Former Worksop Town footballer follows in father's footsteps and becomes a cop

A former Worksop Town footballer is now tackling criminals after pitching up alongside his dad as a police officer.

By Sophie Wills
Sunday, 30th May 2021, 11:37 am

Jack Broadhead began his career at Chesterfield FC and made his first-team debut in the FA Cup in 2012 – the year he was crowned the club’s Young Player of the Year.

More recently, the centre-half has played for Grantham Town and Worksop Town.

Now his job is to defend communities in Nottinghamshire against crime having become a police officer – something his father did 30 years ago.

Jack Broadhead began his career at Chesterfield FC and made his first-team debut in the FA Cup in 2012 – the year he was crowned the club’s Young Player of the Year. More recently, the centre-half has played for Grantham Town and Worksop Town.

Superintendent Kevin Broadhead looked on with pride as his son took part in a passing out parade at the Nottinghamshire Police’s headquarters on Tuesday (May 25).

Afterwards, PC Broadhead revealed his father’s career had inspired him to become a police officer.

“I’ve always been interested in my dad’s career,” the 26-year-old said. “When I was younger, I’d ask him to tell me stories about his job and that sparked my interest.

“I can remember when my dad used to come home and I was so impressed with how smart his uniform was.

Jack and Kev Broadhead.

"I’ve got a young son of my own now and he enjoys seeing me in full uniform. He’s only three but he knows I catch bad guys. It’s gone circle.”

As a footballer, PC Broadhead has made almost 200 senior appearances for numerous semi-professional clubs.

He’s now looking forward to a more settled life at the police force his father joined 30 years ago: “I know my dad’s really proud to work for the police. I’m also proud that I’ve got this far and I’m proud of my dad’s achievements as well.

“It’s a job you can gain so much from.”

Superintendent Broadhead said he was delighted his son has chosen a career in policing.

He said: “I feel really proud. I’ve been a police officer for 30 years. To see my son passing out today is a really proud moment.

“He’s very calm so I think he’ll be a really good police officer.

“He first mentioned he was thinking about it 18 months ago. He asked me what I was doing on Wednesday night and could I come to a police recruitment evening.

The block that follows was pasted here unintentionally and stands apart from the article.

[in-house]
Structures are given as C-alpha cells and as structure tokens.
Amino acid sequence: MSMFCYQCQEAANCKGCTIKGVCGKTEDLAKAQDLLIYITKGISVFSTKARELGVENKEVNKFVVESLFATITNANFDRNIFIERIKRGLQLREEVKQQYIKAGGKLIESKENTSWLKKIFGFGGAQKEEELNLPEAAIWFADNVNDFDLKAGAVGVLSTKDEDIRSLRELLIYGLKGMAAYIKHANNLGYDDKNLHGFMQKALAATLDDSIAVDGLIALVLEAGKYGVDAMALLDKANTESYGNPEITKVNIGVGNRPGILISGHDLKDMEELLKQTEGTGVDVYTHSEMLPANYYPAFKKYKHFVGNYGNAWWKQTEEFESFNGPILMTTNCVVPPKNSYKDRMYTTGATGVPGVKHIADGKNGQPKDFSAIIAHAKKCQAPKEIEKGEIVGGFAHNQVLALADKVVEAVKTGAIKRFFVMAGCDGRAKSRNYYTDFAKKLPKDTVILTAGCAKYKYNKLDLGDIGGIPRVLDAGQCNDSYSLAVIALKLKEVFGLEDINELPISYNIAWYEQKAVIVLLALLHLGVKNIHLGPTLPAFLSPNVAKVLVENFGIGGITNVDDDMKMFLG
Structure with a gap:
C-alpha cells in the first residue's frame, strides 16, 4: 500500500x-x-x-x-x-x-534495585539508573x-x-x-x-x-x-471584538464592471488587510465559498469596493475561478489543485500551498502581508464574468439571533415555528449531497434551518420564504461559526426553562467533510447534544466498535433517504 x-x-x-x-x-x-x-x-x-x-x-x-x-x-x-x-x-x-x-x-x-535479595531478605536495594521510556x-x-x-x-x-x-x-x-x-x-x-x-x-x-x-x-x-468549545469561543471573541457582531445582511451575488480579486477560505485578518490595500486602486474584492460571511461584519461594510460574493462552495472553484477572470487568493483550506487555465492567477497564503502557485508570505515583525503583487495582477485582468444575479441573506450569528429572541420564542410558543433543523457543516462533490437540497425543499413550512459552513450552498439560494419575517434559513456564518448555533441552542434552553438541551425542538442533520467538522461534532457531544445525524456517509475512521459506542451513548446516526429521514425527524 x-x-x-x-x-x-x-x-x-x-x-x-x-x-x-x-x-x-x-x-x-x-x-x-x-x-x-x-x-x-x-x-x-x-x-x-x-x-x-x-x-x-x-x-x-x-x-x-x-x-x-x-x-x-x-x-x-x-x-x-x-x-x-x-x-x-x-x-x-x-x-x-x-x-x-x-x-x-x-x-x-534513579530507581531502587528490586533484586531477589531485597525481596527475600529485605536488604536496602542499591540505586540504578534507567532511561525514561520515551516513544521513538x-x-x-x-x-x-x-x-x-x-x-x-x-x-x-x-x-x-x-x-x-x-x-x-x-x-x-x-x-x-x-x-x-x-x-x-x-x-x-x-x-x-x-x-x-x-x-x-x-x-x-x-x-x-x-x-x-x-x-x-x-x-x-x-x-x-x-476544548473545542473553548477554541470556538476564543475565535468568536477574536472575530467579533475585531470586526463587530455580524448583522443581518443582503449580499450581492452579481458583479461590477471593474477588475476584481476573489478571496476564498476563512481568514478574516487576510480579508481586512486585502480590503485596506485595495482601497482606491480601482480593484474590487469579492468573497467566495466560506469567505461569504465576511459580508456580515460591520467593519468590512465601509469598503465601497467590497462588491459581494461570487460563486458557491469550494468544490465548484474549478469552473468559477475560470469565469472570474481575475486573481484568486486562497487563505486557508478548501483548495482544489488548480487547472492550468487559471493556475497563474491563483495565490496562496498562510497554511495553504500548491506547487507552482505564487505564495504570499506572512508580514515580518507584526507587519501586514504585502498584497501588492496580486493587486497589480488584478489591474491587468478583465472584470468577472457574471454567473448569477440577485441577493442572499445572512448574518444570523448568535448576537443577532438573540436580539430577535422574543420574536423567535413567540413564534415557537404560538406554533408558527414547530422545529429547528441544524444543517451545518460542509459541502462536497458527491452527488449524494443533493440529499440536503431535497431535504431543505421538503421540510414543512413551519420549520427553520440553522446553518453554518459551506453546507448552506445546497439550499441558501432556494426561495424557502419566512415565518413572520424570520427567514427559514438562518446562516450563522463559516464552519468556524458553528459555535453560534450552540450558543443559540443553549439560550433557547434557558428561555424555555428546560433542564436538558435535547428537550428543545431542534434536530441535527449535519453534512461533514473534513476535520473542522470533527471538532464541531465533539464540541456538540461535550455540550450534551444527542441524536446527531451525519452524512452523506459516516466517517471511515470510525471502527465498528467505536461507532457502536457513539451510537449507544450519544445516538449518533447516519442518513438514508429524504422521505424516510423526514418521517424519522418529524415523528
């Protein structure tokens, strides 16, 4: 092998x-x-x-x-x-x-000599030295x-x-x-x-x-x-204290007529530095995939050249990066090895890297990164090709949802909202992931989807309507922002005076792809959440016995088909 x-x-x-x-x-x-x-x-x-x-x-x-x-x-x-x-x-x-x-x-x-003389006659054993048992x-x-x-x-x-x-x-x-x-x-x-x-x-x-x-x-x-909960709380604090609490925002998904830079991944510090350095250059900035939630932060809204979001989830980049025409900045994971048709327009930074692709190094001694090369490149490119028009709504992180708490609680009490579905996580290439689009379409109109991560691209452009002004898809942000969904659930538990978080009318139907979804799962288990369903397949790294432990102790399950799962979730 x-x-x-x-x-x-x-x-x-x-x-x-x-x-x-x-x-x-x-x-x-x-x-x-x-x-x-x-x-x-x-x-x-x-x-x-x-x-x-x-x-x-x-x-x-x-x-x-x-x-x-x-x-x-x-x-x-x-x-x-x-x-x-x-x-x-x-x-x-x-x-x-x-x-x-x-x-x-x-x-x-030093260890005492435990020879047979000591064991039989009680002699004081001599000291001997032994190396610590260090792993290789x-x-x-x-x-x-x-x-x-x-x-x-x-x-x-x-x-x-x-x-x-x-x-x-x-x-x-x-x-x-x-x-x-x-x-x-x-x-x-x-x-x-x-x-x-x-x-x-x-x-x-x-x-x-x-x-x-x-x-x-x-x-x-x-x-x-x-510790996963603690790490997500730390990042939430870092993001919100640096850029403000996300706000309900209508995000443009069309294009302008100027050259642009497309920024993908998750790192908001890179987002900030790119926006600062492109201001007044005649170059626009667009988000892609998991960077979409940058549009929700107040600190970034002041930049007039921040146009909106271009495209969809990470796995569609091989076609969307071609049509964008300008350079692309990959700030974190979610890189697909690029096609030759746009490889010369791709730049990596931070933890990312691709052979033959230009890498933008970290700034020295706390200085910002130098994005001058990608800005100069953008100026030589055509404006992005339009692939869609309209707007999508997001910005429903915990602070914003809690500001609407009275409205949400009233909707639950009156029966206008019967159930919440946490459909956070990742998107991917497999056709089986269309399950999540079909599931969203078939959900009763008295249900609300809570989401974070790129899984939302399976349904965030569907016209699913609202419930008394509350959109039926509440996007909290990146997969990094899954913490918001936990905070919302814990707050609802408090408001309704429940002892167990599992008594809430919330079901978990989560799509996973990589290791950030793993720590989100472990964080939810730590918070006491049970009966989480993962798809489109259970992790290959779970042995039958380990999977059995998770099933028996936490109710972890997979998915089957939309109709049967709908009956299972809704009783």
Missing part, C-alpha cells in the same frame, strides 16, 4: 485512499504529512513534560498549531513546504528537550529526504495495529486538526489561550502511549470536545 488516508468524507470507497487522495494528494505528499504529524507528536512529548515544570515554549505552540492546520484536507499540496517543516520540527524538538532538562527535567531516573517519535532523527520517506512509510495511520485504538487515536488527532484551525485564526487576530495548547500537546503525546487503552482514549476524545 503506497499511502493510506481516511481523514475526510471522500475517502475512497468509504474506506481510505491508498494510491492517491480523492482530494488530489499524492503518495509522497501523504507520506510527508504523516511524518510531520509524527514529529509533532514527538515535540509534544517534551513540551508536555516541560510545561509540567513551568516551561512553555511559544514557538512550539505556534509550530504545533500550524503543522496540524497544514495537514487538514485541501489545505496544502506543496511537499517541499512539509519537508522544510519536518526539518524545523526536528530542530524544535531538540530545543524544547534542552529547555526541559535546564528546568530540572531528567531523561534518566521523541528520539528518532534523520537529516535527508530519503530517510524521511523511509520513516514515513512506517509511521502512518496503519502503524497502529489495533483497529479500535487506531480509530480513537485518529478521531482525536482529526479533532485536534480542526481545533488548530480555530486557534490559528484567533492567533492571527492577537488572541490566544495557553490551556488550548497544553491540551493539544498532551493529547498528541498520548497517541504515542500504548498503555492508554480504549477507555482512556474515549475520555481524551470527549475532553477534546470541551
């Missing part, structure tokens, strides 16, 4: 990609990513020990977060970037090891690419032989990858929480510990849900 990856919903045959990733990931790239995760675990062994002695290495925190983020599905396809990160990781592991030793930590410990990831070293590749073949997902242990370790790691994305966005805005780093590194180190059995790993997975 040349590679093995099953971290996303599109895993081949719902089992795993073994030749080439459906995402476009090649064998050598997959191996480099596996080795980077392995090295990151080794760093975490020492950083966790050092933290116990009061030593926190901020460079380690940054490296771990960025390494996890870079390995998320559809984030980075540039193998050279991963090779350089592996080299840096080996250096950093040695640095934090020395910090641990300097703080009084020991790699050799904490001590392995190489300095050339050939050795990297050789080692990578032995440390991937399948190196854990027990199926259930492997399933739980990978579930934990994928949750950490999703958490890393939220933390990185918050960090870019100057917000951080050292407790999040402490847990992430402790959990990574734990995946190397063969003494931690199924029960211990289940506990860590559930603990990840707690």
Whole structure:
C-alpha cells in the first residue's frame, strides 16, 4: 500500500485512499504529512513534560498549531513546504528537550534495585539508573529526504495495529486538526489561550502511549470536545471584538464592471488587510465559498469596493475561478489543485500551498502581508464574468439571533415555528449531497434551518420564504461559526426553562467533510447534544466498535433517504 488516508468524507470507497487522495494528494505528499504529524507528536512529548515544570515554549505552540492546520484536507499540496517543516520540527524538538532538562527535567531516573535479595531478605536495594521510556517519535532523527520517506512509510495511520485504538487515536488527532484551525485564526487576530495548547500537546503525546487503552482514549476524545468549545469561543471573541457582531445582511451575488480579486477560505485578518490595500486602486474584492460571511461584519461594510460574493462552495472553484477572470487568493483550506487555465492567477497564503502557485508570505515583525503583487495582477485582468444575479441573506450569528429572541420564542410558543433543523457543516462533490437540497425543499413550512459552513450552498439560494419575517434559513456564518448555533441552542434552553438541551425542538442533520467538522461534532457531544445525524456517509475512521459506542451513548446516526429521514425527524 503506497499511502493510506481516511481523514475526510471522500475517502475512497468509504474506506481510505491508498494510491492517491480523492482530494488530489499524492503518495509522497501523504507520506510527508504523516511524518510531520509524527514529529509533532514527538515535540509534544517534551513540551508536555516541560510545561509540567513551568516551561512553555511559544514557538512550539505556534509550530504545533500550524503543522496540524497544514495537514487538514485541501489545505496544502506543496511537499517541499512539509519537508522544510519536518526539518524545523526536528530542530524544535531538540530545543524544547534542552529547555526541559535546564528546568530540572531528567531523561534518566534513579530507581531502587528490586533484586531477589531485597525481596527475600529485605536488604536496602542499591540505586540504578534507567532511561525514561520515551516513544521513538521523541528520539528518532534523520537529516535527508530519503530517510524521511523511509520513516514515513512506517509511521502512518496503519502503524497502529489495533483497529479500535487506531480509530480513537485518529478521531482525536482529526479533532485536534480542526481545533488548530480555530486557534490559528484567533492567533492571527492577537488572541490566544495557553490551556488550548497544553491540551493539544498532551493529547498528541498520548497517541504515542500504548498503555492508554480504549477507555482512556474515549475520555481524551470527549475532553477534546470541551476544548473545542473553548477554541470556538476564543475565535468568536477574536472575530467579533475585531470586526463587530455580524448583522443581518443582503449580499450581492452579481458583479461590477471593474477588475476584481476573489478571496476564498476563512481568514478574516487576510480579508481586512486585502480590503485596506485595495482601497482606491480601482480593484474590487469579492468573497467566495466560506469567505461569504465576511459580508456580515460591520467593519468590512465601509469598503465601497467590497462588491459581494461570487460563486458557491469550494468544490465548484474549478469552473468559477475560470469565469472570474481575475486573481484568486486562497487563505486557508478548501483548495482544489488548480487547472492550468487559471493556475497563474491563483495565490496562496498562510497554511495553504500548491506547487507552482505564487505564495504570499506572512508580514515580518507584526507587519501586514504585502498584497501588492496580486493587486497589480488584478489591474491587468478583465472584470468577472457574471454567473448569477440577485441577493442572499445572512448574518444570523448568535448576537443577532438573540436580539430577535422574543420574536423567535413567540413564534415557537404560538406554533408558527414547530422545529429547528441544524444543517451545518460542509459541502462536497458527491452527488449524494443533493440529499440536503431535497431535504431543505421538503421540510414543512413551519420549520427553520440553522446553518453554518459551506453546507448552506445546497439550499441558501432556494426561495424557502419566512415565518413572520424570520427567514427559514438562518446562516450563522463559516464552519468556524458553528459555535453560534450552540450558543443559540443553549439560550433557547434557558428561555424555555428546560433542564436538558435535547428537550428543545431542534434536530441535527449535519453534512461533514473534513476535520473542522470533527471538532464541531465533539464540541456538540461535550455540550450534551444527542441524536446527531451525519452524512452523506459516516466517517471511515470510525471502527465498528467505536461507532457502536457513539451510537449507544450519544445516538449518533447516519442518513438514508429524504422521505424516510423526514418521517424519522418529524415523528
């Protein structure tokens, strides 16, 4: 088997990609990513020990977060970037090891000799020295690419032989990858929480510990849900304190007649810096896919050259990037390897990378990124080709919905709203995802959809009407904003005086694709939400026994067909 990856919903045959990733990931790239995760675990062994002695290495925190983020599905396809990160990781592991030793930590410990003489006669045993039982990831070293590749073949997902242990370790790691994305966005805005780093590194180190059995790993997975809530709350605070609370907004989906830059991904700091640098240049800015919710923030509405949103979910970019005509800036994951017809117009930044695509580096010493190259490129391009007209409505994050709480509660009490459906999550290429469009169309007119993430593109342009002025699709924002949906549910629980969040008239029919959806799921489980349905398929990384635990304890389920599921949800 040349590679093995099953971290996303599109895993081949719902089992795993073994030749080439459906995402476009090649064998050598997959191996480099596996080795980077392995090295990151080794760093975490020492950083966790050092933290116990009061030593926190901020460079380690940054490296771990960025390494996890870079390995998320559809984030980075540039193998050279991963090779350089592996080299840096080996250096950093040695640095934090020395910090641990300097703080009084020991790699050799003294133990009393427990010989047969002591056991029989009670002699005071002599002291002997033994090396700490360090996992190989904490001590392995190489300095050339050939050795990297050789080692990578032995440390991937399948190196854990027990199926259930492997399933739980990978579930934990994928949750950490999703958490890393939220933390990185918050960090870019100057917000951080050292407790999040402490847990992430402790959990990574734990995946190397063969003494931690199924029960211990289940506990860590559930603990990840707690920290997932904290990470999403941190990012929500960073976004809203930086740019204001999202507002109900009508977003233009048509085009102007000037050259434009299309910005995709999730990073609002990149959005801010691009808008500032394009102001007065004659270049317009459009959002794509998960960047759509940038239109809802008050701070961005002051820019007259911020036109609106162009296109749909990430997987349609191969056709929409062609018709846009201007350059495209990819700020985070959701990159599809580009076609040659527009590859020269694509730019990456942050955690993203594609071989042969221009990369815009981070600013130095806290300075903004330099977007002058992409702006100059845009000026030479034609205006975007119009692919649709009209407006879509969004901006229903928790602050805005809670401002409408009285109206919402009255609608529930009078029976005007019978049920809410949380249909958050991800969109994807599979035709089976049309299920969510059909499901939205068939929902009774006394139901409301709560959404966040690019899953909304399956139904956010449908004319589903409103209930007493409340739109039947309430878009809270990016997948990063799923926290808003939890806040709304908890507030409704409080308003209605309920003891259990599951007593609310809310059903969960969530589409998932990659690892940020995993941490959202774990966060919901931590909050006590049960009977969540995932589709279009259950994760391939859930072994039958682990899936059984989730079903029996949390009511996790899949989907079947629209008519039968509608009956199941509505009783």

"Of course, I said yes. We drove down together and it went from there.”

PC Broadhead may have followed in his father’s footsteps by becoming a police officer. However their careers will undoubtedly differ.

“It’s something we’ve spoken about a few times – the different routes and different paths that are available,” said Superintendent Broadhead, who has served Nottinghamshire Police since 1990.

“But my advice to Jack is go and be a cop and enjoy it. He’ll decide for himself which path, if any, he wants to take.

“There’s loads of different things to do and no two days are the same. My advice from day one has been just go and be a good cop, go and learn the basics and you’ll find your path through that.”

PC Broadhead was among 22 new recruits who passed out at Tuesday’s ceremony, overseen by Chief Constable Craig Guildford and Assistant Chief Constable Gerard Milano, after completing their 18-week training programme.

The officers have completed a mix of classroom training and operational attachments with their tutors. Over the coming weeks, the new recruits will be deployed across the county, where they will undertake a range of duties in their new roles alongside their tutor officers.

The force remains committed to becoming more representative of the communities we serve.

To this end the force has embarked on a new positive action access course which is intended to remove barriers for applicants who are not demographically represented in the workforce.

PC Broadhead said he couldn’t wait to get started and was looking forward to making his first arrest.

“The training was intense. It was like being back at school in that you’re in a classroom a lot for the first six weeks. Then it’s on to the more practical side of things and you put the stuff you’ve learnt into practice. It was tough but it works. If you’re dedicated and you put in the work, the training definitely works.

“We did a response shift and went through the custody process, which was eye-opening to say the least. I’m really looking forward to getting out there and putting everything I’ve learnt into practice.”

The force is already a year ahead on its recruitment trajectory which has already seen 132 new officers in post - over and above its target of 107 by the end of this financial year.

A further 100 officers have also been allocated through the national Uplift programme in the next financial year.

Chief Constable Craig Guildford congratulated PC Broadhead on following in his father’s footsteps.

He said: “This must be a very proud moment for the Broadhead family and I’m delighted to welcome PC Broadhead to the force.

“I can relate to him as I also followed my father into policing.

"Superintendent Kevin Broadhead has served the people of Nottinghamshire with distinction for 30 years and I’m sure his son will uphold the very same high standards.

“The role of a police officer is challenging but highly rewarding, as this latest cohort of recruits will undoubtedly discover.”

PC Broadhead’s message for those who are considering joining the force is a simple one: “If you’re prepared to make a difference and are prepared to put in the graft then definitely do it.

“It’s a job that isn’t like any other. No two days are the same. You can be in really tough situations where character you never thought you had comes out. It’s good on a personal level as well as a work level.”

To learn more about a policing career with the force visit:

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